Featured Articles

TSMC: Volume production of 16nm FinFET in 2H 2015

TSMC: Volume production of 16nm FinFET in 2H 2015

TSMC has announced that it will begin volume production of 16nm FinFET products in the second half of 2015, in late…

More...
AMD misses earnings targets, announces layoffs

AMD misses earnings targets, announces layoffs

AMD has missed earnings targets and is planning a substantial job cuts. The company reported quarterly earnings yesterday and the street is…

More...
Did Google botch the Nexus 6 and Nexus 9?

Did Google botch the Nexus 6 and Nexus 9?

As expected, Google has finally released the eagerly awaited Nexus 6 phablet and its first 64-bit device, the Nexus 9 tablet.

More...
Gainward GTX 970 Phantom previewed

Gainward GTX 970 Phantom previewed

Nvidia has released two new graphics cards based on its latest Maxwell GPU architecture. The Geforce GTX 970 and Geforce GTX…

More...
EVGA GTX 970 SC ACX 2.0 reviewed

EVGA GTX 970 SC ACX 2.0 reviewed

Nvidia has released two new graphics cards based on its latest Maxwell GPU architecture. The Geforce GTX 970 and Geforce GTX…

More...
Frontpage Slideshow | Copyright © 2006-2010 orks, a business unit of Nuevvo Webware Ltd.
Friday, 10 May 2013 10:21

iPhone grasses user locations

Written by Nick Farrell



Spying a doddle thanks to app

Apple’s superior security can be tapped using a simple tool that reveals where users join wi-fi networks.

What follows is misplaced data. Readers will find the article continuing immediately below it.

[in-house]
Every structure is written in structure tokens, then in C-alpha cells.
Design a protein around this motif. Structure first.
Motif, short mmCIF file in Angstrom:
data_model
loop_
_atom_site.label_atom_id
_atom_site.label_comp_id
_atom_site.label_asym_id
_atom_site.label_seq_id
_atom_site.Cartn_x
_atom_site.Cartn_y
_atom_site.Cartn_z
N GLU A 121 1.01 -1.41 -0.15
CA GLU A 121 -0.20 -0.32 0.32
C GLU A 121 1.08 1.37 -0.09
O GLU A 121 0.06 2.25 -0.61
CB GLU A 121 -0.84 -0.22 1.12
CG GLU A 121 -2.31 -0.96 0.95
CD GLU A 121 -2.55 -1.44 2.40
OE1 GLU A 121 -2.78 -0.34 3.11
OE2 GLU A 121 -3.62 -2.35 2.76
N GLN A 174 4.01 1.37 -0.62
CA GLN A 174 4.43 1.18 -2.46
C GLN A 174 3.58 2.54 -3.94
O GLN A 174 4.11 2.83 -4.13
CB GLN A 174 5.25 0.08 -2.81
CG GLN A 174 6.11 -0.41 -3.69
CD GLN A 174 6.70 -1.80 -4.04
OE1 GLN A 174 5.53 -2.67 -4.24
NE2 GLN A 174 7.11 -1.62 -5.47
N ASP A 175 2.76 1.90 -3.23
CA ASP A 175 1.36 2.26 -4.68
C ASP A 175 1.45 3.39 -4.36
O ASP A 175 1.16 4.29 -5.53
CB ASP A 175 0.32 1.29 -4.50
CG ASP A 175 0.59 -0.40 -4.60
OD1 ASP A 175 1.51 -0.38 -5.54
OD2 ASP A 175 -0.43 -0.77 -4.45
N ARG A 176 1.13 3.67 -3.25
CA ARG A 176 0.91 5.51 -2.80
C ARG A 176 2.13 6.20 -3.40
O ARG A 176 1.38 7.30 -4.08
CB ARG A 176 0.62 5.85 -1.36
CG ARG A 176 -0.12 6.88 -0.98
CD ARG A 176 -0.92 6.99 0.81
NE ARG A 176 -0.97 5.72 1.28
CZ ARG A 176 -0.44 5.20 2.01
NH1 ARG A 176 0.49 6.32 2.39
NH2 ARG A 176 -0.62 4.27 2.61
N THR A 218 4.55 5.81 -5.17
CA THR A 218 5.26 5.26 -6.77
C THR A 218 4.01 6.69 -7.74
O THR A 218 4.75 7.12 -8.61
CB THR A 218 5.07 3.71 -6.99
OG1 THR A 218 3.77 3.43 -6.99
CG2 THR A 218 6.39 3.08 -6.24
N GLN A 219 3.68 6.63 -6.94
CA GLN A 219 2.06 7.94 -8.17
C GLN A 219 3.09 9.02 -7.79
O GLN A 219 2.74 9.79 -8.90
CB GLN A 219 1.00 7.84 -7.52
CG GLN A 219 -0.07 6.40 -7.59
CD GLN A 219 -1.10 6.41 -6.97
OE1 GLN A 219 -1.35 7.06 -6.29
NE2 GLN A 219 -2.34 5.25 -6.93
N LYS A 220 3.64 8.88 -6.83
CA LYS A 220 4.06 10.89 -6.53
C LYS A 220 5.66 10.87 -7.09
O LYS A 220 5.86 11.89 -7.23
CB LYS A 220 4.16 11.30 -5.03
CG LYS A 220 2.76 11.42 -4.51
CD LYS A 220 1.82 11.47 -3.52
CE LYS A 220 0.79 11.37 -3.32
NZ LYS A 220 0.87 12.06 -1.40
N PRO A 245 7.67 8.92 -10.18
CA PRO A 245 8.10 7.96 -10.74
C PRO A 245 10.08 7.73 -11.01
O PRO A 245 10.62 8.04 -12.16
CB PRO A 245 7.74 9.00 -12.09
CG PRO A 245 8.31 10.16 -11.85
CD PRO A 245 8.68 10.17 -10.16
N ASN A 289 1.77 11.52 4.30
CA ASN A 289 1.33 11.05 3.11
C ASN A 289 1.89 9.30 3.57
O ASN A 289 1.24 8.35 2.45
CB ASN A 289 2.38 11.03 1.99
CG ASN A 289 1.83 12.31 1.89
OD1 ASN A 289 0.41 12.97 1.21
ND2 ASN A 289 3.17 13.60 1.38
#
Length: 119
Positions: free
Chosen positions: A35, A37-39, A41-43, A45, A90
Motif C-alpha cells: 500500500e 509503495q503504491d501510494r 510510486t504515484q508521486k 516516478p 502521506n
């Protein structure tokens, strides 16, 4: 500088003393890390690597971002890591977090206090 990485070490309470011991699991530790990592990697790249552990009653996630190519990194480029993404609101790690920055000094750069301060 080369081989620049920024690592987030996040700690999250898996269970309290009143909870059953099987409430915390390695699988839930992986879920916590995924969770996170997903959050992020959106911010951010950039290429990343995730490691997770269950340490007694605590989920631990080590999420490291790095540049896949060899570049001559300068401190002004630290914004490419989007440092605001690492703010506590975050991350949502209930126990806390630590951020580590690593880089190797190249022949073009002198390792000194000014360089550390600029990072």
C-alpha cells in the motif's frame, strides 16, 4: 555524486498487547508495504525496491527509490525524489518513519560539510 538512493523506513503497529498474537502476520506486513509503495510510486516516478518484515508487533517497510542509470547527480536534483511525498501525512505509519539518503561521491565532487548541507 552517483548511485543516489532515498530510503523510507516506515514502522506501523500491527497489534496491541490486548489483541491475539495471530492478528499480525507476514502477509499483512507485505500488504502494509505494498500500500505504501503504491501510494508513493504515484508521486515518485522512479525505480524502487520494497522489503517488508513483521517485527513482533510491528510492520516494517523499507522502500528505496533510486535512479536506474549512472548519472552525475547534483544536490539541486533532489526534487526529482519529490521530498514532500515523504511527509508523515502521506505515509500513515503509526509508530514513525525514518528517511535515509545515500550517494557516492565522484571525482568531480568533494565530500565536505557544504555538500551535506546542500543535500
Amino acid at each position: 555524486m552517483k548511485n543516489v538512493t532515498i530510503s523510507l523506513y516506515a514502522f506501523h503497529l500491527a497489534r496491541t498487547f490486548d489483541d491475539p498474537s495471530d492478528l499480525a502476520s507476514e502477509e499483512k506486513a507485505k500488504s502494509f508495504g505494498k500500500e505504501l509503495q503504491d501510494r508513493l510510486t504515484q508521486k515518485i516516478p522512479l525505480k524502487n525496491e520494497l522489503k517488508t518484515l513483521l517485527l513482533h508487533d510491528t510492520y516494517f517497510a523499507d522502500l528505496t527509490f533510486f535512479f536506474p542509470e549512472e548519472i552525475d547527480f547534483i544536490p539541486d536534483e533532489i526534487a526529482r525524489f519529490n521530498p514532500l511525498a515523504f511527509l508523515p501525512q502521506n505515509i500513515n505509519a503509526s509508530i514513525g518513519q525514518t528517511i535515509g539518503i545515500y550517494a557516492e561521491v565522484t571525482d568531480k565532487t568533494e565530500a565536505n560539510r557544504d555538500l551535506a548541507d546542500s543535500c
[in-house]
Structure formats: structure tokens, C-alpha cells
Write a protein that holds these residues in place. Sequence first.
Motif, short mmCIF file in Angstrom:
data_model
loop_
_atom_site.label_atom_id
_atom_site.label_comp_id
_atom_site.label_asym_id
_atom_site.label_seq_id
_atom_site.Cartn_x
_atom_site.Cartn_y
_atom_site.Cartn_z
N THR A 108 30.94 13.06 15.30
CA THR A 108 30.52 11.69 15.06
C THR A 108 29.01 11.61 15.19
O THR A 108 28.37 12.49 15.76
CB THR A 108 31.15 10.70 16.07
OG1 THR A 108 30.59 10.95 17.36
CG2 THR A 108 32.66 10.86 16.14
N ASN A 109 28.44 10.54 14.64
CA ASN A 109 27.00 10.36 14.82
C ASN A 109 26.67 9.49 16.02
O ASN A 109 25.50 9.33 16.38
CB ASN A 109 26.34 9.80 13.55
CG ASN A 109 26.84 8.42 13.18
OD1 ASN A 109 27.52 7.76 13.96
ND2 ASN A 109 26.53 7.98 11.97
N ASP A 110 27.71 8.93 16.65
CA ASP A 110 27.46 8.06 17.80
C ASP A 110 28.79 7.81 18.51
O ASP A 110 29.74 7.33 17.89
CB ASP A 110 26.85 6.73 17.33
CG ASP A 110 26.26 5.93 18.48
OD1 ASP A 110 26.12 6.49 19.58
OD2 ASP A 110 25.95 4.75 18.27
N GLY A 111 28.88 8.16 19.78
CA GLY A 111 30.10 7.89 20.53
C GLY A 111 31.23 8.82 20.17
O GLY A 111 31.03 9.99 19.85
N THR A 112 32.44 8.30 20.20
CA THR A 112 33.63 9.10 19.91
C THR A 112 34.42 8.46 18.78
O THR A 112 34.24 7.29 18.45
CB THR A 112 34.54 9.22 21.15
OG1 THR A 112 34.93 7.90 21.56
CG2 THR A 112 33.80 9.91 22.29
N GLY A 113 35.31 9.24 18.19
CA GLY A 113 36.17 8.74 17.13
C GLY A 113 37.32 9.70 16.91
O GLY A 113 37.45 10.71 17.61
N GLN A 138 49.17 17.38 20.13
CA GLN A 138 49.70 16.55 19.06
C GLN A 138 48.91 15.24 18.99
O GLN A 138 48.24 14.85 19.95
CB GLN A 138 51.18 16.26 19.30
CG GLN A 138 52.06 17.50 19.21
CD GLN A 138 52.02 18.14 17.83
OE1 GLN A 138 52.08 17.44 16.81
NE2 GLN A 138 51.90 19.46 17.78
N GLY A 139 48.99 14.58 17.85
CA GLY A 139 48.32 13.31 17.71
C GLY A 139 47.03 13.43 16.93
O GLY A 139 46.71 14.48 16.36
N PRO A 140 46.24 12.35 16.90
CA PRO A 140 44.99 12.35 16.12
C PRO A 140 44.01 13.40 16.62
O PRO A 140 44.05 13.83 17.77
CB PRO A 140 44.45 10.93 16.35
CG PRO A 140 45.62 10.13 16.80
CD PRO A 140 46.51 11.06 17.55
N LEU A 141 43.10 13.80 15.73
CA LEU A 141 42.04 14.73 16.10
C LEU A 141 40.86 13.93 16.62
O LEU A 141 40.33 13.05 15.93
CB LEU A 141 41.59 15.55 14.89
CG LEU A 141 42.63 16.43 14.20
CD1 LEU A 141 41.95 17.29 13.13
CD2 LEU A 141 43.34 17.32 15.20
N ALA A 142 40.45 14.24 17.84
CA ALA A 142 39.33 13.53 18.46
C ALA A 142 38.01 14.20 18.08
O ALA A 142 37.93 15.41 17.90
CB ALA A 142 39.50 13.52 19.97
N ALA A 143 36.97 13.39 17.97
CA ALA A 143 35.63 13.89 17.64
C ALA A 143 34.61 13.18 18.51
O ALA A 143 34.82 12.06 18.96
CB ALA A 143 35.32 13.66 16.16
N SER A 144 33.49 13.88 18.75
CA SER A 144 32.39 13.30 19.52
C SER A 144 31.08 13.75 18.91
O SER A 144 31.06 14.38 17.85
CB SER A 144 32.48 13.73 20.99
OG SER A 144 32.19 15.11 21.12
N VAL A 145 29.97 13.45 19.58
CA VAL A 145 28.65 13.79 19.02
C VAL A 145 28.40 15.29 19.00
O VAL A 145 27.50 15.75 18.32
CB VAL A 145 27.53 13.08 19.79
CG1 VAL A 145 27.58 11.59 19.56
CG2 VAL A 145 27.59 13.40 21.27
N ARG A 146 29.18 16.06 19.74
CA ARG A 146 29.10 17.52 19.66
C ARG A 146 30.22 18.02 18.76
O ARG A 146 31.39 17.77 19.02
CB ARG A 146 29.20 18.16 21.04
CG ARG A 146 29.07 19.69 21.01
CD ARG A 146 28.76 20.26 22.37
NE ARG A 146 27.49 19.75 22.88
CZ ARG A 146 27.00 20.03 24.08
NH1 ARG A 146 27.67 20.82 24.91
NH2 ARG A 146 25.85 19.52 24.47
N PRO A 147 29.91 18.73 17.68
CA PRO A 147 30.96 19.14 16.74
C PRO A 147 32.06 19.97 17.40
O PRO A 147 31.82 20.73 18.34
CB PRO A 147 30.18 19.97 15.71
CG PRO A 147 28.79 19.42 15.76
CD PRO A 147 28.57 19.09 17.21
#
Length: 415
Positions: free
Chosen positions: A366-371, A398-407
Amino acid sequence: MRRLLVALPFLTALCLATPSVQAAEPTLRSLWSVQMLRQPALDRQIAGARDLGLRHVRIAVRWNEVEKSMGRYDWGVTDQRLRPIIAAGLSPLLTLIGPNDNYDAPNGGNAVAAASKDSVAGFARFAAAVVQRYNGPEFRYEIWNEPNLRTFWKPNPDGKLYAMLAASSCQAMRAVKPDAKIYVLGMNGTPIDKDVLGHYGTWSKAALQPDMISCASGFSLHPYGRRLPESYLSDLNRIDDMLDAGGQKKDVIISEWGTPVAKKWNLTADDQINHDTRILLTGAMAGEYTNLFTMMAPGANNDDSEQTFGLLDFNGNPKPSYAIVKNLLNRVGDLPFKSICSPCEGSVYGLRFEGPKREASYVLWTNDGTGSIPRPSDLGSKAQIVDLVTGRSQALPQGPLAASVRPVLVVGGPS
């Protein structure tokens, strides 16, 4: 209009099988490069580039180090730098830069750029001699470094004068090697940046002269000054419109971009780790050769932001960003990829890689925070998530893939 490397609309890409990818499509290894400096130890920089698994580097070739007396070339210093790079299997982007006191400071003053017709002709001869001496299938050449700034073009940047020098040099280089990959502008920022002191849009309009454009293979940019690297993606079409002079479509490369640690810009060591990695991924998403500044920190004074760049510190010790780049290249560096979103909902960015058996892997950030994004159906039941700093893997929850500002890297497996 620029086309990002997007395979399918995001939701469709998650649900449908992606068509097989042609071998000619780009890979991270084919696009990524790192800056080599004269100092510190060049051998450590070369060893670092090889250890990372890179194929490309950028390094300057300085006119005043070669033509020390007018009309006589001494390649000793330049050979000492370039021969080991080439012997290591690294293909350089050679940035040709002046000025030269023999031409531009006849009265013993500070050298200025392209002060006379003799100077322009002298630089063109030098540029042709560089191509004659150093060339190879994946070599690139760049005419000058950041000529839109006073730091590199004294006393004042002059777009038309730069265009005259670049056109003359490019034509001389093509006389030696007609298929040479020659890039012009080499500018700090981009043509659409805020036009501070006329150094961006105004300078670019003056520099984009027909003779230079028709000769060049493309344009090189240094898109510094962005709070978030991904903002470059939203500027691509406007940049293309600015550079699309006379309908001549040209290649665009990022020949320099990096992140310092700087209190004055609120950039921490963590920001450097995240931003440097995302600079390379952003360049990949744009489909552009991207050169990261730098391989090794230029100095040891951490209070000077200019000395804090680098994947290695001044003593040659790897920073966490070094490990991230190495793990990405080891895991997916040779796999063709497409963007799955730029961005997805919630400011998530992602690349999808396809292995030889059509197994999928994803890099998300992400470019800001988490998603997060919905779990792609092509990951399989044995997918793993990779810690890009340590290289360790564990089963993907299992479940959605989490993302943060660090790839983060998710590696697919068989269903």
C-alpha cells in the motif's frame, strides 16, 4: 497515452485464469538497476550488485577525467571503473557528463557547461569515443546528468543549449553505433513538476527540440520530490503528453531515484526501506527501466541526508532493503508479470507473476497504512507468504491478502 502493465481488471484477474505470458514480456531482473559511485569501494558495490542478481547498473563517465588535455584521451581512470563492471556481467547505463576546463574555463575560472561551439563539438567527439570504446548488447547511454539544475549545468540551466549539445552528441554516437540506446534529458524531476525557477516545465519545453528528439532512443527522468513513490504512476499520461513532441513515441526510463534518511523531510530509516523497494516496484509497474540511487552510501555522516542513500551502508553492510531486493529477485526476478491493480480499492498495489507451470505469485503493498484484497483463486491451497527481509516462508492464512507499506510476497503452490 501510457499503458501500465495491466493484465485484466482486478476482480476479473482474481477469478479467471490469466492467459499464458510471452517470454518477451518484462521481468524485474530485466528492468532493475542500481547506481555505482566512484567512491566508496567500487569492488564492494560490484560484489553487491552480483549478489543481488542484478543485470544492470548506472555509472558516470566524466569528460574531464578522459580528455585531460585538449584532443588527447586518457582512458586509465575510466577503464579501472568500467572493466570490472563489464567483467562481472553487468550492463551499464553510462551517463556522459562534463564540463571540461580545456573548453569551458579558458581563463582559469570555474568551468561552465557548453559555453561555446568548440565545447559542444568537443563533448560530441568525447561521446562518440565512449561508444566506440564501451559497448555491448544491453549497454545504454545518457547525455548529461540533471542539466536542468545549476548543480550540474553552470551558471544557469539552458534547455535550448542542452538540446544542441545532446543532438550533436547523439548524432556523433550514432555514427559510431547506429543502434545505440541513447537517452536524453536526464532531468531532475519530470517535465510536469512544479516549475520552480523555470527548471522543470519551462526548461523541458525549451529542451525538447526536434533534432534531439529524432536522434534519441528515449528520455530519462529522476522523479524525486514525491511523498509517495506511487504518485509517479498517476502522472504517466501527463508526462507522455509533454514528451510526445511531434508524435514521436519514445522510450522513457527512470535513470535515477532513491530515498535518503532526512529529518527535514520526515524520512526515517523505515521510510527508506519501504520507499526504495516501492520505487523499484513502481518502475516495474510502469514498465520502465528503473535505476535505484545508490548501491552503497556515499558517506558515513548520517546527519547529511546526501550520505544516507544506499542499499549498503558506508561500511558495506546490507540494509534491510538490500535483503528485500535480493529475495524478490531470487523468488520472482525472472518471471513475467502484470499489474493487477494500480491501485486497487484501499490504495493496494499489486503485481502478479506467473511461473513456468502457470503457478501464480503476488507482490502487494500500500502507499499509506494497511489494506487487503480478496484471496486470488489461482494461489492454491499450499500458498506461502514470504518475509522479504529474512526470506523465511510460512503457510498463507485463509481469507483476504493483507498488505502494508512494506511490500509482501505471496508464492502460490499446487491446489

The tool, penned by a Melbourne-based researcher potentially can track where all the Apple users live so that you can give them wedgies and mock their poor technology decisions. The tool works by accessing Apple's database of wireless access points, which is collected by iPhones and iPads that have GPS and wifi location services enabled. Since iPhones and iPads regularly submit information about access points within range to Apple, regardless of whether users connect to them it is easy to tap into the information. 

The location database is not meant to be public, but since this is superior Apple networking technology it is wide open to any hacker. Hubert Seiwert said that Apple will reveal MAC address and GPS information on hundreds of nearby access points if a user queries the location of a single wifi router's MAC address.

His proof of concept Python application, iSniff GPS, uses this process to allow users to view maps of nearby access points.

blog comments powered by Disqus

 

Facebook activity

Latest Commented Articles

Recent Comments